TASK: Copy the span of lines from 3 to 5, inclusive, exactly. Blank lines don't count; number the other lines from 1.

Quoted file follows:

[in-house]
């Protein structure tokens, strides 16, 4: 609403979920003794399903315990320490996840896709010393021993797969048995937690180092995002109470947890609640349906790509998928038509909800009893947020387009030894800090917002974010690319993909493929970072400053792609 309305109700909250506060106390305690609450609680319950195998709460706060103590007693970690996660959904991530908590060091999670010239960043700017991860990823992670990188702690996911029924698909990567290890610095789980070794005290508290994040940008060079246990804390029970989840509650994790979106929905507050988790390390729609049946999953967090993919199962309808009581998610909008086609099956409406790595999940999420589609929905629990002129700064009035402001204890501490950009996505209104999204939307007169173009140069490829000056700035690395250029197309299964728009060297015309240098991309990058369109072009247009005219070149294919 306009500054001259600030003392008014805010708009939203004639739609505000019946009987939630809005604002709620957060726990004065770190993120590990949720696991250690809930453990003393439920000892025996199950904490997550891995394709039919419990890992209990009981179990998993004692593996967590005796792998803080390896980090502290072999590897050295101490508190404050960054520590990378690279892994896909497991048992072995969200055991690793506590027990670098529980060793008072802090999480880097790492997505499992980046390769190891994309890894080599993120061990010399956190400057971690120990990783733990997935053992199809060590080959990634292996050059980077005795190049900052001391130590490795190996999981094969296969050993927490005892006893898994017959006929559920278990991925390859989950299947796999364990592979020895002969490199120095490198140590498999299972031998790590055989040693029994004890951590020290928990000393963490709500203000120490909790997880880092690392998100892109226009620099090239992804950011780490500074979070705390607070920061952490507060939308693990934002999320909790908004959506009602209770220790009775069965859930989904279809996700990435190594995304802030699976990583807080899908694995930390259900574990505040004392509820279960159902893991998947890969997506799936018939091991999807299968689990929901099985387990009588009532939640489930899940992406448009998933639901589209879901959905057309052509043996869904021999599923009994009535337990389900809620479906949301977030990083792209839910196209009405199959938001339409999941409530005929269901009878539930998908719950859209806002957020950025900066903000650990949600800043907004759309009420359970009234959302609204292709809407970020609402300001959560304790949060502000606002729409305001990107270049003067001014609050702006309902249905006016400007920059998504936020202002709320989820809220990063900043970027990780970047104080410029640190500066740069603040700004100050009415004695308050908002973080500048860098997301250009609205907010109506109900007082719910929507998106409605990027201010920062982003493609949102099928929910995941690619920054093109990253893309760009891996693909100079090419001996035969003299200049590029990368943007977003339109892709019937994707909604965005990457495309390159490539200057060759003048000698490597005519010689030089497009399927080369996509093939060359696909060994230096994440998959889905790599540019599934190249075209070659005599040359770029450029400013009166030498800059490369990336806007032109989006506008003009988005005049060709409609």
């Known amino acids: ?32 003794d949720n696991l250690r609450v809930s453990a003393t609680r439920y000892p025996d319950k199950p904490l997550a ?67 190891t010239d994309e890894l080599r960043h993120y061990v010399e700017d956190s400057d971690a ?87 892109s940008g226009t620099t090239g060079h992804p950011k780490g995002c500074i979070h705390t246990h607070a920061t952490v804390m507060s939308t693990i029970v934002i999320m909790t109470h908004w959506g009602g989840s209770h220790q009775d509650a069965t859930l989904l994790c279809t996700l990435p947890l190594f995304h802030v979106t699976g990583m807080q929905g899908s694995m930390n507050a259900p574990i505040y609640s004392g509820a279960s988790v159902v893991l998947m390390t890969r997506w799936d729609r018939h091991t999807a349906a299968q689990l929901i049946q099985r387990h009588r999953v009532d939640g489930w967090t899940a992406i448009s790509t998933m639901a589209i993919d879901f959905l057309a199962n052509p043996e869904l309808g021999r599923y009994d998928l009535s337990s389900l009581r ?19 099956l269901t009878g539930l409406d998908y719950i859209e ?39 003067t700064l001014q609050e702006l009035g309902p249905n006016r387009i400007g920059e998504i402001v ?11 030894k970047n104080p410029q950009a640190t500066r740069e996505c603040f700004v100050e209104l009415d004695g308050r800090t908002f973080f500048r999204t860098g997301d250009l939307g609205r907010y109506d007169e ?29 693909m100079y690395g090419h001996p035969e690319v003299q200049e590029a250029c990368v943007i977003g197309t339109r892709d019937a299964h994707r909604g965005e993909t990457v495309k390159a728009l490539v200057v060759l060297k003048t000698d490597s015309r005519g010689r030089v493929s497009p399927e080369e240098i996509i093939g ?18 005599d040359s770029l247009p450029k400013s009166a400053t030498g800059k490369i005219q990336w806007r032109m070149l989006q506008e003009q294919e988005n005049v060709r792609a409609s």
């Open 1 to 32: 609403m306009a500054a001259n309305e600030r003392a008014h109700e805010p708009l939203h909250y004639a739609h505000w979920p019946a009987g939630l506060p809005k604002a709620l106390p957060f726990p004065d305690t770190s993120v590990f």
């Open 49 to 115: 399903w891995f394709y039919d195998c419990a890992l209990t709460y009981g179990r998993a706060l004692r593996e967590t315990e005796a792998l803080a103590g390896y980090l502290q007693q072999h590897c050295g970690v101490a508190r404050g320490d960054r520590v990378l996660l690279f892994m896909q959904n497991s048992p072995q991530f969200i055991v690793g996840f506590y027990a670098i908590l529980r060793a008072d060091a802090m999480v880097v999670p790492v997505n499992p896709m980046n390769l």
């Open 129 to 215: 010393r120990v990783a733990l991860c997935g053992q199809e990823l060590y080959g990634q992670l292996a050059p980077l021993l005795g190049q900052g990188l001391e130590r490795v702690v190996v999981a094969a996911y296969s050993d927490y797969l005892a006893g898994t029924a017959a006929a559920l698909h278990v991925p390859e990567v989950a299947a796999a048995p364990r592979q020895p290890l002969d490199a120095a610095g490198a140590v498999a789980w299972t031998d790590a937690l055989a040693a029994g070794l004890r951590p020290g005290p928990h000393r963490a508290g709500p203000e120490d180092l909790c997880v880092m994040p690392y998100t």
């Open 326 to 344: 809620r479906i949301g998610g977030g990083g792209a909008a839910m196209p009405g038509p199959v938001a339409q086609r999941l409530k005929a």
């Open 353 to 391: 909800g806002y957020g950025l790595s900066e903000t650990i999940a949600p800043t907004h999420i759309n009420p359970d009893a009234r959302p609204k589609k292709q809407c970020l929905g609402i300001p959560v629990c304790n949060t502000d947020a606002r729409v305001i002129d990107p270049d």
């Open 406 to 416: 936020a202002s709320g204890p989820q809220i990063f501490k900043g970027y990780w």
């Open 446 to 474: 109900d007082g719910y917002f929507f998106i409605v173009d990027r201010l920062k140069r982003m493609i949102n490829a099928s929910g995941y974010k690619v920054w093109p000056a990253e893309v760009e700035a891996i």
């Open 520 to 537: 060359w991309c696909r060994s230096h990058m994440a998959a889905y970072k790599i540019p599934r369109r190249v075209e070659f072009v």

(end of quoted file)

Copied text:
């Known amino acids: ?32 003794d949720n696991l250690r609450v809930s453990a003393t609680r439920y000892p025996d319950k199950p904490l997550a ?67 190891t010239d994309e890894l080599r960043h993120y061990v010399e700017d956190s400057d971690a ?87 892109s940008g226009t620099t090239g060079h992804p950011k780490g995002c500074i979070h705390t246990h607070a920061t952490v804390m507060s939308t693990i029970v934002i999320m909790t109470h908004w959506g009602g989840s209770h220790q009775d509650a069965t859930l989904l994790c279809t996700l990435p947890l190594f995304h802030v979106t699976g990583m807080q929905g899908s694995m930390n507050a259900p574990i505040y609640s004392g509820a279960s988790v159902v893991l998947m390390t890969r997506w799936d729609r018939h091991t999807a349906a299968q689990l929901i049946q099985r387990h009588r999953v009532d939640g489930w967090t899940a992406i448009s790509t998933m639901a589209i993919d879901f959905l057309a199962n052509p043996e869904l309808g021999r599923y009994d998928l009535s337990s389900l009581r ?19 099956l269901t009878g539930l409406d998908y719950i859209e ?39 003067t700064l001014q609050e702006l009035g309902p249905n006016r387009i400007g920059e998504i402001v ?11 030894k970047n104080p410029q950009a640190t500066r740069e996505c603040f700004v100050e209104l009415d004695g308050r800090t908002f973080f500048r999204t860098g997301d250009l939307g609205r907010y109506d007169e ?29 693909m100079y690395g090419h001996p035969e690319v003299q200049e590029a250029c990368v943007i977003g197309t339109r892709d019937a299964h994707r909604g965005e993909t990457v495309k390159a728009l490539v200057v060759l060297k003048t000698d490597s015309r005519g010689r030089v493929s497009p399927e080369e240098i996509i093939g ?18 005599d040359s770029l247009p450029k400013s009166a400053t030498g800059k490369i005219q990336w806007r032109m070149l989006q506008e003009q294919e988005n005049v060709r792609a409609s």
């Open 1 to 32: 609403m306009a500054a001259n309305e600030r003392a008014h109700e805010p708009l939203h909250y004639a739609h505000w979920p019946a009987g939630l506060p809005k604002a709620l106390p957060f726990p004065d305690t770190s993120v590990f």
């Open 49 to 115: 399903w891995f394709y039919d195998c419990a890992l209990t709460y009981g179990r998993a706060l004692r593996e967590t315990e005796a792998l803080a103590g390896y980090l502290q007693q072999h590897c050295g970690v101490a508190r404050g320490d960054r520590v990378l996660l690279f892994m896909q959904n497991s048992p072995q991530f969200i055991v690793g996840f506590y027990a670098i908590l529980r060793a008072d060091a802090m999480v880097v999670p790492v997505n499992p896709m980046n390769l």